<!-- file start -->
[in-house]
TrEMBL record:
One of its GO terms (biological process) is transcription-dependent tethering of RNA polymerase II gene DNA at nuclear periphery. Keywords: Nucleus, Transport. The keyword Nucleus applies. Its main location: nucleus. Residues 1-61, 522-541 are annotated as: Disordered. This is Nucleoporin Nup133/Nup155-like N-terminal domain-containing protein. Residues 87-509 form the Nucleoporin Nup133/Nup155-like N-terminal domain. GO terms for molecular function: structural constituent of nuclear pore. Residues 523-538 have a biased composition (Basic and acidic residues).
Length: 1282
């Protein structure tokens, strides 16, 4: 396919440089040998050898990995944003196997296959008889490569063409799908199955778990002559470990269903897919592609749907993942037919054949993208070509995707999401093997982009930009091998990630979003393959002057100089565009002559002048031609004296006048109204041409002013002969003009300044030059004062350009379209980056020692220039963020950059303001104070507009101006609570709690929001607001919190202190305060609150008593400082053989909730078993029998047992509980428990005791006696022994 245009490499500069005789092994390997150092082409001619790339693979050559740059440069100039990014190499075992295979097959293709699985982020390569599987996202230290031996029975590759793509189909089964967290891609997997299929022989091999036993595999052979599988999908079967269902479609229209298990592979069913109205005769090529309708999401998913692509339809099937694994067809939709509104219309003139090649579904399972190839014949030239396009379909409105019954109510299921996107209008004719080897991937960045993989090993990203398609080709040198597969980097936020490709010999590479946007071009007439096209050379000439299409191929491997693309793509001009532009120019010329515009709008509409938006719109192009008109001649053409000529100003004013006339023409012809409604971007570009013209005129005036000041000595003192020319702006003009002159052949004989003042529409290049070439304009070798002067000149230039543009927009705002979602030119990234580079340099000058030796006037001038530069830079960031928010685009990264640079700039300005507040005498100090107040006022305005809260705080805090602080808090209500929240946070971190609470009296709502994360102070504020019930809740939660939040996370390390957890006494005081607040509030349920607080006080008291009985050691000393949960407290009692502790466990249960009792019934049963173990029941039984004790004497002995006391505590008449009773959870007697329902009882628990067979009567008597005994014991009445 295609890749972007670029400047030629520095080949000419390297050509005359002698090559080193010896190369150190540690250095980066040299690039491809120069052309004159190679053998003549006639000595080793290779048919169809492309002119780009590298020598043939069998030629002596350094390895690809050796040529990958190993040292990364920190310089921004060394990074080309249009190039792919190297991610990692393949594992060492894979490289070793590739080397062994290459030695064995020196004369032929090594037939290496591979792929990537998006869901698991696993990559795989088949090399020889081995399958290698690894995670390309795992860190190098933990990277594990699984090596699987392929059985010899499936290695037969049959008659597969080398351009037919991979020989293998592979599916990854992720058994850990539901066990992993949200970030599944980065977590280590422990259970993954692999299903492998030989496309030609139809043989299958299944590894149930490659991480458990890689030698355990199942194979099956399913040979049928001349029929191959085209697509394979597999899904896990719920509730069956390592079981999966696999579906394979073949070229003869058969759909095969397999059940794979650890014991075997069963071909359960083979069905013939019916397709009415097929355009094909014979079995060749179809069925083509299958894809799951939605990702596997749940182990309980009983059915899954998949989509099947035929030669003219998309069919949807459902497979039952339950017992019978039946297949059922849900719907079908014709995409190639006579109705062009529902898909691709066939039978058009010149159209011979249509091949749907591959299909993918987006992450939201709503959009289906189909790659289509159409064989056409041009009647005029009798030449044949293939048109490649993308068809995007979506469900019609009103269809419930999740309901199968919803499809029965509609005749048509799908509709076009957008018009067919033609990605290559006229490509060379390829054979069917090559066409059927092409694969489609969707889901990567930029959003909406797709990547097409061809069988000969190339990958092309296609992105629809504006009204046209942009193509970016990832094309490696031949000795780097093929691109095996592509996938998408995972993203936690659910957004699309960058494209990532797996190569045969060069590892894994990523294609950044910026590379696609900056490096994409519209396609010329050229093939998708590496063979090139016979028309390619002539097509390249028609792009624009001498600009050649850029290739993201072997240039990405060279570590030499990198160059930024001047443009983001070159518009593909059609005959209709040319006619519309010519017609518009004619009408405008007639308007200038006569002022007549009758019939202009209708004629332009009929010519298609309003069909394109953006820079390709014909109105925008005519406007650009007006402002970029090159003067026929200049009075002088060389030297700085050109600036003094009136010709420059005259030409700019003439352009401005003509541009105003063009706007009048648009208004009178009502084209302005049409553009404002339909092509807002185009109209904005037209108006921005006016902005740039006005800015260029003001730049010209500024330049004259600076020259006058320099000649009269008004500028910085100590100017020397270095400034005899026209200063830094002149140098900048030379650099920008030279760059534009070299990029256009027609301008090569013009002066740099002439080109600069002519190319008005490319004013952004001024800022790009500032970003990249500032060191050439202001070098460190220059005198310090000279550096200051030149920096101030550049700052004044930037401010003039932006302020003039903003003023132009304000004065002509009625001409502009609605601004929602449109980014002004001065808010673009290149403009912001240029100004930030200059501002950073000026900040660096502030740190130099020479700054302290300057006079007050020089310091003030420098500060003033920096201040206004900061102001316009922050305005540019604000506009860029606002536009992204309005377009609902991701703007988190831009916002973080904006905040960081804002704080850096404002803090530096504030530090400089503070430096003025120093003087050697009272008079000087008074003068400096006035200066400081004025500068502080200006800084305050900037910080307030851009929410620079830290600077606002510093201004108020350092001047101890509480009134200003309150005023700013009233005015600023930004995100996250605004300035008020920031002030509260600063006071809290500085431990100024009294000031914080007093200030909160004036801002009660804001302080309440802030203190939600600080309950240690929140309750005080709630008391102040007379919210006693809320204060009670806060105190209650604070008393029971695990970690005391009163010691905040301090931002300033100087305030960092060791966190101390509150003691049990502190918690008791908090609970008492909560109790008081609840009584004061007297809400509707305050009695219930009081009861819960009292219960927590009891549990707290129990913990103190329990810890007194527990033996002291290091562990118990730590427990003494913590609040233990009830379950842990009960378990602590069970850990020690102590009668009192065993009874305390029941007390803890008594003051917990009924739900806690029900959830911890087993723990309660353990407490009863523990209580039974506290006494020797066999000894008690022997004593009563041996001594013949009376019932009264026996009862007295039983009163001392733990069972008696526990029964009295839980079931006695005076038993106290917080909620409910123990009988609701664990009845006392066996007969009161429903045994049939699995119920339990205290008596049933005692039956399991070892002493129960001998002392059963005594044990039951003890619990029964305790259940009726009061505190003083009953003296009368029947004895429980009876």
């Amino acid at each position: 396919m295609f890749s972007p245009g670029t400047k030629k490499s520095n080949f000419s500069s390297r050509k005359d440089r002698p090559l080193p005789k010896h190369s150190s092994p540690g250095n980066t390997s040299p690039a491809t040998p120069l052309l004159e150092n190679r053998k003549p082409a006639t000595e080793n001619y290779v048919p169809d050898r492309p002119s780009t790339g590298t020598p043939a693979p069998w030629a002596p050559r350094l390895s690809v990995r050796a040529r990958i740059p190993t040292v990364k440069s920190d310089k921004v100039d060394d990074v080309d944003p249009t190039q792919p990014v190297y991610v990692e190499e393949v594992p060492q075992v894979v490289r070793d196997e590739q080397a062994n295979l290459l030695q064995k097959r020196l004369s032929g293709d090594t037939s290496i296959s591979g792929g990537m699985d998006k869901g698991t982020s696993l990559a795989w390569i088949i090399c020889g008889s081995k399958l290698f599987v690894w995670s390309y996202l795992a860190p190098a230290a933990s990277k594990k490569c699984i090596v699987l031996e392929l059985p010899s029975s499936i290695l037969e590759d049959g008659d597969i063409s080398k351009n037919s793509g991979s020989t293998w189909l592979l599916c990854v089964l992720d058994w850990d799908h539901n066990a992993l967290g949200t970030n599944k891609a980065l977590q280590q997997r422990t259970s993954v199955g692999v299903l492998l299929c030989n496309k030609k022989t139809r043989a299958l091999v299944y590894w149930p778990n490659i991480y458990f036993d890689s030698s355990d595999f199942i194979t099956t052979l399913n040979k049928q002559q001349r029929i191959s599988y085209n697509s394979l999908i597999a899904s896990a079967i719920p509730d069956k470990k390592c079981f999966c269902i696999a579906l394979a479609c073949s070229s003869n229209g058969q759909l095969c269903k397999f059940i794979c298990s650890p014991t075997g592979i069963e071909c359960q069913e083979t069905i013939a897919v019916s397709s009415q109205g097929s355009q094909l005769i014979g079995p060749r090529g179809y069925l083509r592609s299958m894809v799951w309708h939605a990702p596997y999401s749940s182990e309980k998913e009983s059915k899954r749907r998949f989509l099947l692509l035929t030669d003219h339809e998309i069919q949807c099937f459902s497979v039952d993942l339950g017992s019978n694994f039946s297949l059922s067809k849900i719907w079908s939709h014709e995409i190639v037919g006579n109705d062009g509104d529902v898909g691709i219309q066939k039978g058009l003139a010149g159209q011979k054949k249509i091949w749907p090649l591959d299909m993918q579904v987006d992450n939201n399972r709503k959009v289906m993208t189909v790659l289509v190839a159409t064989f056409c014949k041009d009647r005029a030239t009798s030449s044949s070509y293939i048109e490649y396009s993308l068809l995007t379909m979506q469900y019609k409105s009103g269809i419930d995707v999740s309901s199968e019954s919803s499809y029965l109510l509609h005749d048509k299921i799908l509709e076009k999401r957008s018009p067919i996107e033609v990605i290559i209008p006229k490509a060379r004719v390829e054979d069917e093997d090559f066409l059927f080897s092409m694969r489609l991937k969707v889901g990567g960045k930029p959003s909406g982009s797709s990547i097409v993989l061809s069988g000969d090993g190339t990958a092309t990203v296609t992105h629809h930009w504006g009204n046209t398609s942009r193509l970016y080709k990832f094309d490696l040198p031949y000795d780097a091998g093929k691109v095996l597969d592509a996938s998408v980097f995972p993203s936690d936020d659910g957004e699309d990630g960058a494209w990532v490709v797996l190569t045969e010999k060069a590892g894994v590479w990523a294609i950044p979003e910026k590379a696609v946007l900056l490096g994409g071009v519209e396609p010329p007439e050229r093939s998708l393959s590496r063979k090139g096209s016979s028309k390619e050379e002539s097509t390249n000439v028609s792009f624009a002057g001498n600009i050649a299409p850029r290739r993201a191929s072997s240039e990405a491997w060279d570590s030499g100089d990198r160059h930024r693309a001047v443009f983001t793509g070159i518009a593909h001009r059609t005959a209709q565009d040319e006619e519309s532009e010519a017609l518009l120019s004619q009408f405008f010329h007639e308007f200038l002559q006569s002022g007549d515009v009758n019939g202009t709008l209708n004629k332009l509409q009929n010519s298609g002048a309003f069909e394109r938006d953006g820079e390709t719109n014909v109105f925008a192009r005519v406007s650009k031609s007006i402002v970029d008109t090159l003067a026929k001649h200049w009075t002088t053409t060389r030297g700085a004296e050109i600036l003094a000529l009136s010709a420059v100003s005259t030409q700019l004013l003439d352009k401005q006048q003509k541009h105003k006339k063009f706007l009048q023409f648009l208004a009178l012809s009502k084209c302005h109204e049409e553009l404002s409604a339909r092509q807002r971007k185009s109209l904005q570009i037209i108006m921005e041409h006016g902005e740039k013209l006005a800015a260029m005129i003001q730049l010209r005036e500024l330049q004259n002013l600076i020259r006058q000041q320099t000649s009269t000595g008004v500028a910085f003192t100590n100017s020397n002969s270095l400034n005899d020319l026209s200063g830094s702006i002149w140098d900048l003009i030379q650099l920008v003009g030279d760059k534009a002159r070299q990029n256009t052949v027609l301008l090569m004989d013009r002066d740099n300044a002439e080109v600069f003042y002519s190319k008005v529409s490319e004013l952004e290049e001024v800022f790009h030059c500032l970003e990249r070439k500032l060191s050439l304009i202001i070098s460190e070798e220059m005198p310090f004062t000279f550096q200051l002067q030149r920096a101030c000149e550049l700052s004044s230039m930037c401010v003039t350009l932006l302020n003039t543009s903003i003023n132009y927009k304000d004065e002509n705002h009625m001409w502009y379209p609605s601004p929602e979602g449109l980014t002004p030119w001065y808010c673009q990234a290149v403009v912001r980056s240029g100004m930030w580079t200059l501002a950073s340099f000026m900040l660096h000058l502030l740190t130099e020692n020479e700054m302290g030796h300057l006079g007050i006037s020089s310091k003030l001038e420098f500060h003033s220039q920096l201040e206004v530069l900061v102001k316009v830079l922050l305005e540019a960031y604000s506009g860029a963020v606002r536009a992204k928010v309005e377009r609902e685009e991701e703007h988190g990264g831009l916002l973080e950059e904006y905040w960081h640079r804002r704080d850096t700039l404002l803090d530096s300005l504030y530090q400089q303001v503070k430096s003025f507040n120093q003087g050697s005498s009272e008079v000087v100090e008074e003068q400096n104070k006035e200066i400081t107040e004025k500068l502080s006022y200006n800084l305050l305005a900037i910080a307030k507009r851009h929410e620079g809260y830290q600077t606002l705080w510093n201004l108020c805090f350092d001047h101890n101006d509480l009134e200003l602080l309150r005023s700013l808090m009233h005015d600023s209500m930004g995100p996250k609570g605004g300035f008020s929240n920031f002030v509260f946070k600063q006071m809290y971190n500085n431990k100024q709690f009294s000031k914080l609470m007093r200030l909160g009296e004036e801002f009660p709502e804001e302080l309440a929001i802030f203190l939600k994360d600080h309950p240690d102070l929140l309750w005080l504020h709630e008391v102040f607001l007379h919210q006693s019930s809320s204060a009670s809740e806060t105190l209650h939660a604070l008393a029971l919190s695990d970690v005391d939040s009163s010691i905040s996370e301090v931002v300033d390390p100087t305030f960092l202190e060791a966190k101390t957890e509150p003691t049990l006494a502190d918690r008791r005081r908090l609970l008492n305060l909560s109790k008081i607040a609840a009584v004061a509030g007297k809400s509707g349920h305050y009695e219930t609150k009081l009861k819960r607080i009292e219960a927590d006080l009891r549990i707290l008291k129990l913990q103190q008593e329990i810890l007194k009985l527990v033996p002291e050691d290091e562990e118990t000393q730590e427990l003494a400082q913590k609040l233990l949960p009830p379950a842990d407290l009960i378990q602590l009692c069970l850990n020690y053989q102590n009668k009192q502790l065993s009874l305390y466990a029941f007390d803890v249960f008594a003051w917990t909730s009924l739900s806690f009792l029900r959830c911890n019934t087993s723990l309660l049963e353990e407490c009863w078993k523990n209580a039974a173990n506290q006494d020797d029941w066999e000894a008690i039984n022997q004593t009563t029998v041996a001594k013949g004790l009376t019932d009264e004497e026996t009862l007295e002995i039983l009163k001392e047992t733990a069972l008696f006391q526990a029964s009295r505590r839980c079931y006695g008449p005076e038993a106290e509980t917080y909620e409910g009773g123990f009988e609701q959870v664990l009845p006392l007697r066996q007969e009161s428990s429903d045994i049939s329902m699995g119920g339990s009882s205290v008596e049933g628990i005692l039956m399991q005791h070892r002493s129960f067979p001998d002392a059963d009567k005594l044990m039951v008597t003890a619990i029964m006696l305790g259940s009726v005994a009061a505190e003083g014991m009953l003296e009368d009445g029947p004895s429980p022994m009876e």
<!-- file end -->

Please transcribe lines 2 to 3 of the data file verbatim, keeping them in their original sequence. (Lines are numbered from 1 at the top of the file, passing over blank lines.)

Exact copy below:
TrEMBL record:
One of its GO terms (biological process) is transcription-dependent tethering of RNA polymerase II gene DNA at nuclear periphery. Keywords: Nucleus, Transport. The keyword Nucleus applies. Its main location: nucleus. Residues 1-61, 522-541 are annotated as: Disordered. This is Nucleoporin Nup133/Nup155-like N-terminal domain-containing protein. Residues 87-509 form the Nucleoporin Nup133/Nup155-like N-terminal domain. GO terms for molecular function: structural constituent of nuclear pore. Residues 523-538 have a biased composition (Basic and acidic residues).